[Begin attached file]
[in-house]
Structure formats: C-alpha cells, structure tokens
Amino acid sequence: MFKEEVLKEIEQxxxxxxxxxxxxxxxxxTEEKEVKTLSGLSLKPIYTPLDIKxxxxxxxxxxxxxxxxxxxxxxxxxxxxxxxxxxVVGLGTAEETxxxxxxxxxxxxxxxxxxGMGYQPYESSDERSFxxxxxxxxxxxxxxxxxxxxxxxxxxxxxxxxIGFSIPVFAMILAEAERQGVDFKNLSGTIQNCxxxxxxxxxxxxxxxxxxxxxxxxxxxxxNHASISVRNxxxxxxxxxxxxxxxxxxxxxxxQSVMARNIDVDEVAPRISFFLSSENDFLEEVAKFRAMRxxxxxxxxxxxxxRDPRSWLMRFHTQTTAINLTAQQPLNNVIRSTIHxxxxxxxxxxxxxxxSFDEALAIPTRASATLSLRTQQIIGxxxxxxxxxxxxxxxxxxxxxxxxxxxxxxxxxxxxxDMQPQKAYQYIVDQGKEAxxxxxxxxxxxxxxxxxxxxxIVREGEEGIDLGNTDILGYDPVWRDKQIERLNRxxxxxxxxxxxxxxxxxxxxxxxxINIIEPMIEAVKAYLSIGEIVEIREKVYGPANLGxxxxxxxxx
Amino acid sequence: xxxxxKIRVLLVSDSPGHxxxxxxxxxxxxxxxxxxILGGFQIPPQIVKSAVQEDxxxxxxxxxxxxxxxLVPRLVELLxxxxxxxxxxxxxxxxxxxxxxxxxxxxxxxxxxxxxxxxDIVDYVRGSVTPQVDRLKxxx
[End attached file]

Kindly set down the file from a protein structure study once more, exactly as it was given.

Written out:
[in-house]
Structure formats: C-alpha cells, structure tokens
Amino acid sequence: MFKEEVLKEIEQxxxxxxxxxxxxxxxxxTEEKEVKTLSGLSLKPIYTPLDIKxxxxxxxxxxxxxxxxxxxxxxxxxxxxxxxxxxVVGLGTAEETxxxxxxxxxxxxxxxxxxGMGYQPYESSDERSFxxxxxxxxxxxxxxxxxxxxxxxxxxxxxxxxIGFSIPVFAMILAEAERQGVDFKNLSGTIQNCxxxxxxxxxxxxxxxxxxxxxxxxxxxxxNHASISVRNxxxxxxxxxxxxxxxxxxxxxxxQSVMARNIDVDEVAPRISFFLSSENDFLEEVAKFRAMRxxxxxxxxxxxxxRDPRSWLMRFHTQTTAINLTAQQPLNNVIRSTIHxxxxxxxxxxxxxxxSFDEALAIPTRASATLSLRTQQIIGxxxxxxxxxxxxxxxxxxxxxxxxxxxxxxxxxxxxxDMQPQKAYQYIVDQGKEAxxxxxxxxxxxxxxxxxxxxxIVREGEEGIDLGNTDILGYDPVWRDKQIERLNRxxxxxxxxxxxxxxxxxxxxxxxxINIIEPMIEAVKAYLSIGEIVEIREKVYGPANLGxxxxxxxxx
Amino acid sequence: xxxxxKIRVLLVSDSPGHxxxxxxxxxxxxxxxxxxILGGFQIPPQIVKSAVQEDxxxxxxxxxxxxxxxLVPRLVELLxxxxxxxxxxxxxxxxxxxxxxxxxxxxxxxxxxxxxxxxDIVDYVRGSVTPQVDRLKxxx